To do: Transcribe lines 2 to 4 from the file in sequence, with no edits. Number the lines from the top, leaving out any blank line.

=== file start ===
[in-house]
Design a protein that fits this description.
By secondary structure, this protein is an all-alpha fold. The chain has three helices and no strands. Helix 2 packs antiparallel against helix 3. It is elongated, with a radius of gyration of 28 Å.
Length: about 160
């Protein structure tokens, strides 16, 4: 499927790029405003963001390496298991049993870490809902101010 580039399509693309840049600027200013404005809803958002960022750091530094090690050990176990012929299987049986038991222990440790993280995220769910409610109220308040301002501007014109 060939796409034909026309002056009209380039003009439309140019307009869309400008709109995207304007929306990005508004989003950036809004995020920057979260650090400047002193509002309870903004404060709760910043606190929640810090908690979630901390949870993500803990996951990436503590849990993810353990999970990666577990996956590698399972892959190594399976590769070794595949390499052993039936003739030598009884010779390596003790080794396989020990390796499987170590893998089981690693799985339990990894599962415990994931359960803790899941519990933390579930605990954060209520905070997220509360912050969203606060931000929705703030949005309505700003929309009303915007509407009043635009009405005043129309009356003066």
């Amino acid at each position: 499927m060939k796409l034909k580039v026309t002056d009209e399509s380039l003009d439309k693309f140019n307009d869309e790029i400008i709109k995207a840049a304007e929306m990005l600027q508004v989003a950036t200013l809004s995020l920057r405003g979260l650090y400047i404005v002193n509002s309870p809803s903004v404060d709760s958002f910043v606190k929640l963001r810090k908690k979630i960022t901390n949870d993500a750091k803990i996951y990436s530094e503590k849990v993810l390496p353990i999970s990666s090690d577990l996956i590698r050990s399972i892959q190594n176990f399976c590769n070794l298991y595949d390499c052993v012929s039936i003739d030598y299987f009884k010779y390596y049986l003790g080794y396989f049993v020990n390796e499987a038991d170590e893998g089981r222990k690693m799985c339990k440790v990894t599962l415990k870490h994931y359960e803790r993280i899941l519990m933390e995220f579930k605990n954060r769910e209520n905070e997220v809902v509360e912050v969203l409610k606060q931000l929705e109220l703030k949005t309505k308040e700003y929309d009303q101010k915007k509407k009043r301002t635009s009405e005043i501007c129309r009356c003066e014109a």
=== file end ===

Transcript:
Design a protein that fits this description.
By secondary structure, this protein is an all-alpha fold. The chain has three helices and no strands. Helix 2 packs antiparallel against helix 3. It is elongated, with a radius of gyration of 28 Å.
Length: about 160